From £44,3057
Petrol power does a little more for VW’s new flagship than diesel, but the Arteon remains short of a selling point in a competitive class

What is it?

This is the top-of-the-range petrol version of Volkswagen’s new top-of-the-range fastback executive saloon, the Arteon.

And top-of-the-range or not, it’s got a reasonable shot at out-selling its diesel counterpart – not least because that’s not saying a great deal in the wake of the Dieselgate scandal. Also, however, because it qualifies for benefit-in-kind (BIK) company car tax at a lower percentage rate that its diesel rangemate, seeing as Volkswagen is highly likely to sell the car for less than the £40,000 threshold for £450-a-year premium road tax. It also remains to be seen whether there will be any significantly cheaper versions of the Arteon offered in UK showrooms.

This model gets 4Motion four-wheel drive as standard, as well as a seven-speed twin-clutch automatic gearbox, and is powered by the same EA888 2.0-litre turbocharged engine you’ll find in wide use across the Volkswagen Group. In the Arteon, it produces a Golf-GTI-beating 276bhp and gives a 0-62mph acceleration time of which many modern hot hatches would be rightly proud.

The Arteon will be offered to British buyers in two trim levels, Elegance and R-Line, with the latter getting lowered sport suspension springs to match its standard adaptive dampers. Our test car is in the latter trim.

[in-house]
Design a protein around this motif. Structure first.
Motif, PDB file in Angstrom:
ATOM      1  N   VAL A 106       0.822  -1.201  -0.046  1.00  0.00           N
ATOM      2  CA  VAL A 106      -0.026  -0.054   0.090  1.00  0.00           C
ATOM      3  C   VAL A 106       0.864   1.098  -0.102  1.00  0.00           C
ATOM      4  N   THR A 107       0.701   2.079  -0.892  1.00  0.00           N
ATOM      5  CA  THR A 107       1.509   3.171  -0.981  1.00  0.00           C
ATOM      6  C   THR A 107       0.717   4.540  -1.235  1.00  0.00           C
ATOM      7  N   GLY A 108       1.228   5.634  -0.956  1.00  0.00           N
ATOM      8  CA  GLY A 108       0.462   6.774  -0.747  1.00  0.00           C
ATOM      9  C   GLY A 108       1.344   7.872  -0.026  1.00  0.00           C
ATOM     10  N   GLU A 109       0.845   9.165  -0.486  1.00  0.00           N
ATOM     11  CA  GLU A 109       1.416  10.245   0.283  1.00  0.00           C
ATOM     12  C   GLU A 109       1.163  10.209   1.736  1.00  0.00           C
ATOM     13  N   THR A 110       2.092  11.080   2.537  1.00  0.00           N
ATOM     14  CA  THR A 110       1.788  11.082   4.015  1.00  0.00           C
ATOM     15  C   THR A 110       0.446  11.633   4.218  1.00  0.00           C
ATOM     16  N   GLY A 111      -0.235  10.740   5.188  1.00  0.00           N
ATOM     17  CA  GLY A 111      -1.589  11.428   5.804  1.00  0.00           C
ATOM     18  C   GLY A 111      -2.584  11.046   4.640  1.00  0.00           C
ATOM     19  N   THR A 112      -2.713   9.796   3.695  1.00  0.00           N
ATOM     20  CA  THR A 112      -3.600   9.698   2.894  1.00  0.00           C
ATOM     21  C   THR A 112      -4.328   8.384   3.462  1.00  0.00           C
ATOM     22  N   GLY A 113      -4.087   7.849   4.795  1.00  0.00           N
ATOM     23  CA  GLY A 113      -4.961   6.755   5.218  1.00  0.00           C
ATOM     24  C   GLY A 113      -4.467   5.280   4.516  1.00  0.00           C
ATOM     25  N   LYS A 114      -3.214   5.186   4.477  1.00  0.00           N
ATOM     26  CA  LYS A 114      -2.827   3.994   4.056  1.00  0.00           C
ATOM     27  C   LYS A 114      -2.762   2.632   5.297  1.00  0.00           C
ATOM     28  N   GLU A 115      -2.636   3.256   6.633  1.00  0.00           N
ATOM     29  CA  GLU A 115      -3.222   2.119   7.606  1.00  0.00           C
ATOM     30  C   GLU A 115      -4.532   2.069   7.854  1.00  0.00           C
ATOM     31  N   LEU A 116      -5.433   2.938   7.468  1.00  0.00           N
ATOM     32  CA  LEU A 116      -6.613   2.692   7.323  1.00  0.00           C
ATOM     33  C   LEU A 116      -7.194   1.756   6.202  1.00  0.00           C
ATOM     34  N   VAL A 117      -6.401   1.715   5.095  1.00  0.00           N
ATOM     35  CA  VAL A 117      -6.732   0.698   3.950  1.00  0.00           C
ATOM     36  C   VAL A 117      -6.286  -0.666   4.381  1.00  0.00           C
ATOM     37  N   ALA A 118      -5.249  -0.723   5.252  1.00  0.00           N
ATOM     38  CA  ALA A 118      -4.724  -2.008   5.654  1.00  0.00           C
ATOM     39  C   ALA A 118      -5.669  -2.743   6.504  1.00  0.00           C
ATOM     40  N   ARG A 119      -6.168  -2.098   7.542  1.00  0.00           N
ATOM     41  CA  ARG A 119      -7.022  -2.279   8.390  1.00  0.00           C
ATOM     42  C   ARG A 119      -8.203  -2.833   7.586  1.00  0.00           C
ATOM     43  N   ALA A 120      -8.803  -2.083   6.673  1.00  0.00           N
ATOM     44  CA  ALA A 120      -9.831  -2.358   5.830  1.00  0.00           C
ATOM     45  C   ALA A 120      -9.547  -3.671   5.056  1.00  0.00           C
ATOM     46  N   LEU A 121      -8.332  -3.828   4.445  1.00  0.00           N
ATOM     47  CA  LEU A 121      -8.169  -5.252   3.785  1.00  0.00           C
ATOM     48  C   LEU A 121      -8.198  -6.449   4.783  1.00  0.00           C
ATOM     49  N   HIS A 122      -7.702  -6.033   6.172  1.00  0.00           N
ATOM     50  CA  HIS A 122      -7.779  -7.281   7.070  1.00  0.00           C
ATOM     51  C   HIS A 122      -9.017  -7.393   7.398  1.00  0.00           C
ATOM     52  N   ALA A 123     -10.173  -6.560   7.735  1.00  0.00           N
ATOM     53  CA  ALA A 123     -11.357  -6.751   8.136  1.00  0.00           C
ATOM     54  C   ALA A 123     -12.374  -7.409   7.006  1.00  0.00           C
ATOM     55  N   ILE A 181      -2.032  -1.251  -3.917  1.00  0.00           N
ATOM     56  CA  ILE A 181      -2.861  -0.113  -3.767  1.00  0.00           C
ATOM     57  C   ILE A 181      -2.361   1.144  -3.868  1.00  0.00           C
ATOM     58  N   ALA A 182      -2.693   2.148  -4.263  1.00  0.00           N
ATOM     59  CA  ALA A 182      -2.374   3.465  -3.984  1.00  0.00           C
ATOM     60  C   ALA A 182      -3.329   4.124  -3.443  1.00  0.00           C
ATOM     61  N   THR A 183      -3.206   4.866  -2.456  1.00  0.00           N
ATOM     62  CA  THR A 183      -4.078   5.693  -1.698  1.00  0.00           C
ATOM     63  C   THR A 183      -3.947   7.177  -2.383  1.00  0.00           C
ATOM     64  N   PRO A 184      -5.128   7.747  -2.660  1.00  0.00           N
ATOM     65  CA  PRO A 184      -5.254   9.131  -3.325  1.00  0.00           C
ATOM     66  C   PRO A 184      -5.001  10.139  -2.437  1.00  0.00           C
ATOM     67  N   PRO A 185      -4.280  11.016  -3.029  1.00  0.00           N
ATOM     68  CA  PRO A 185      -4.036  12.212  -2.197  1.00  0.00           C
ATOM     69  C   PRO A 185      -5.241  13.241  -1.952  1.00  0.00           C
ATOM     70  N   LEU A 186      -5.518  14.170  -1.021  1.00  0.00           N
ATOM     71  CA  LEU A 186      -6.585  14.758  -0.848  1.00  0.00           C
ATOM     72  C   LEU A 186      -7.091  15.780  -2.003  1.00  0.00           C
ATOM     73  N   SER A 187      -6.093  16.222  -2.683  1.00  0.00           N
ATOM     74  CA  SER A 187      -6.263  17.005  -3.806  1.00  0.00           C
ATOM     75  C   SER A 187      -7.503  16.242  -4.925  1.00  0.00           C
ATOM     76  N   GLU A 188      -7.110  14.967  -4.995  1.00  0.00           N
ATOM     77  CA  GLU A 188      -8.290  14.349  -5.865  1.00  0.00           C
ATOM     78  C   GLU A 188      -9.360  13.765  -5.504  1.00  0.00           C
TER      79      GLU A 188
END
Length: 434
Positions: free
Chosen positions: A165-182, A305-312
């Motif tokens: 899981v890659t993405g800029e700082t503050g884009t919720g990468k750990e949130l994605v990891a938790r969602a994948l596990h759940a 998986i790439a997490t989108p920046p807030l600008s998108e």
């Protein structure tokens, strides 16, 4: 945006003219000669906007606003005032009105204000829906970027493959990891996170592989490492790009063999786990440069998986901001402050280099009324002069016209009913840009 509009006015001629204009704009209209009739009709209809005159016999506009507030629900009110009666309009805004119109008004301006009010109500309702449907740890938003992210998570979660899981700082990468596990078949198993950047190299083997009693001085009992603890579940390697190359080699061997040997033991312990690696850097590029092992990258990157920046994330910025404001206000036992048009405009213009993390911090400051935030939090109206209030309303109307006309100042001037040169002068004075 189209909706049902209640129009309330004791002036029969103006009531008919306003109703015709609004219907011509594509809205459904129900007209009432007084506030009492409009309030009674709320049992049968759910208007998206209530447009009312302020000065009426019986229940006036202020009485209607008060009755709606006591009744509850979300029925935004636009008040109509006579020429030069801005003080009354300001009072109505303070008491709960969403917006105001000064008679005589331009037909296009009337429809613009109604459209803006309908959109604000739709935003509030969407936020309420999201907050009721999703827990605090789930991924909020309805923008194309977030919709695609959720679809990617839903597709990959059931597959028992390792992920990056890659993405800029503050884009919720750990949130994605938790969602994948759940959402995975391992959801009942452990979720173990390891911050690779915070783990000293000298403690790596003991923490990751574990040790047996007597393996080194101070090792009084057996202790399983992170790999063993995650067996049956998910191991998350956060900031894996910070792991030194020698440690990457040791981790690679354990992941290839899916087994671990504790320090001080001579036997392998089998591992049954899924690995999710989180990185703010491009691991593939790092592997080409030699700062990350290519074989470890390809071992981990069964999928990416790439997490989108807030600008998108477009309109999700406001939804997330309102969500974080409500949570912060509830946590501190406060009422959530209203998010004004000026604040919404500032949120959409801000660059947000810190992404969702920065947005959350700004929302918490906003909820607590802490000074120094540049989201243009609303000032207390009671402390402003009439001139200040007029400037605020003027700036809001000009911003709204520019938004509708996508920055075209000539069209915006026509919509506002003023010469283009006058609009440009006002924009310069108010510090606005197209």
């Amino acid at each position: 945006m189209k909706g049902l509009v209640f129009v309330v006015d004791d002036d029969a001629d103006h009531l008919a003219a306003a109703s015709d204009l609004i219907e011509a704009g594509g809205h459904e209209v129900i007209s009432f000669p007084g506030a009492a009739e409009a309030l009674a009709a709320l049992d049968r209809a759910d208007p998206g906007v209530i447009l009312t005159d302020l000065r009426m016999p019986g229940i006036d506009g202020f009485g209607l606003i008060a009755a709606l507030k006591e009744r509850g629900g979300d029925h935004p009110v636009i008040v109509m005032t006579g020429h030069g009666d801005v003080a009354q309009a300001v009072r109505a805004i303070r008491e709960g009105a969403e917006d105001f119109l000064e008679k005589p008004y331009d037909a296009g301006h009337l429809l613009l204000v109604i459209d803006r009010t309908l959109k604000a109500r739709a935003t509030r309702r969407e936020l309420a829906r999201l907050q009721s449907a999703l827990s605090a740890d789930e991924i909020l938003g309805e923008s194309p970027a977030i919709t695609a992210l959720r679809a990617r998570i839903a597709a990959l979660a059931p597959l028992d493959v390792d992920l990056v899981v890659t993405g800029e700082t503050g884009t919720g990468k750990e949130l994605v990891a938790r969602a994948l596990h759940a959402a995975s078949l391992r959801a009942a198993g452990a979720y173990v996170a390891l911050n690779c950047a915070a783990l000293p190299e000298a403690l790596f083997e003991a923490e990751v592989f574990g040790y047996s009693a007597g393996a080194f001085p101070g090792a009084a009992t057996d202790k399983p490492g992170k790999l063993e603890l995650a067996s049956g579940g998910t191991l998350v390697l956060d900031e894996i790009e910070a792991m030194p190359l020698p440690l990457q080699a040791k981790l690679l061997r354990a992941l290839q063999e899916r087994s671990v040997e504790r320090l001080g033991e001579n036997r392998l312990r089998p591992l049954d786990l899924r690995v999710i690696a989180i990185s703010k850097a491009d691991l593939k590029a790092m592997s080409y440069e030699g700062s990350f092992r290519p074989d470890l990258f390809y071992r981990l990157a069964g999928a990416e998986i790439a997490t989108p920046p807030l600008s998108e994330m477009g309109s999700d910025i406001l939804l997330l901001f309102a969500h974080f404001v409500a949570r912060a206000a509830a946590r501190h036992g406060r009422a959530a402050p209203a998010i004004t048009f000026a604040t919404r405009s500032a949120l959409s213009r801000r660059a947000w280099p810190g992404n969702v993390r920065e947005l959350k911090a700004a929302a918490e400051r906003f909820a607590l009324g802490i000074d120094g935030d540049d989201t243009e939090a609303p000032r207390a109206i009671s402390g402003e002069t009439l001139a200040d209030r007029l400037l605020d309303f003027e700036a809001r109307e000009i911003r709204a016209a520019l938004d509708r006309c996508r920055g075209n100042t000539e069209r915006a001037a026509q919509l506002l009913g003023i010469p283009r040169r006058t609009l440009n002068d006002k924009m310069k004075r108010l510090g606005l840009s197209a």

What's it like?

As a rational proposition, the Arteon has plenty going for it – just as we reported  of the diesel version. Style-centred executive options like this aren’t usually so roomy, and interior quality and equipment sophistication is good. It’s as the dreaded ‘emotional purchase’ that the Arteon's case begins to unravel, because, to these eyes at least, it’s certainly no style icon, and neither does it merit a place amongst the most engaging driver’s cars in this part of the executive saloon market.

The engine walks Volkswagen’s practiced line between hushed refinement and sporting aggression. It’s hushed at low speed and at a cruise, getting a little bit noisier (no doubt with help from the car’s stereo speakers) in Sport mode. It’s always matched very carefully to the automatic gearbox, allowing shifts to be delivered in a timely and smooth fashion.

With more than 1600kg to haul (and slightly less torque than it commonly develops in the Volkswagen Group’s latest round of cheaper performance cars), the 2.0-litre turbocharged engine doesn’t feel desperately potent, but it is typically flexible, responding keenly to the accelerator at all times and not feeling at all prescriptive about where within the rev range it’s willing to knuckle down. And so, like the diesel’s, the Arteon petrol’s performance feels brisk rather than fast – but nevertheless quick enough to command its place in the outside lane of the autobahn.

R-Line trim's sport suspension makes for a negligible improvement to the car’s ride and handling. There's a marginal sense of being more closely and consistently in touch with the surface of the road than in the Elegance-trim diesel we drove, but at no point do the adaptive dampers give you the taut, settled body control needed in order to make the Arteon feel truly sporting. In Sport mode, you’ll find the car’s motorway ride is simply slightly differently jiggling to that of the diesel, while its optional 20in wheels thump and crash a little over sharper intrusions just as those of the diesel’s do.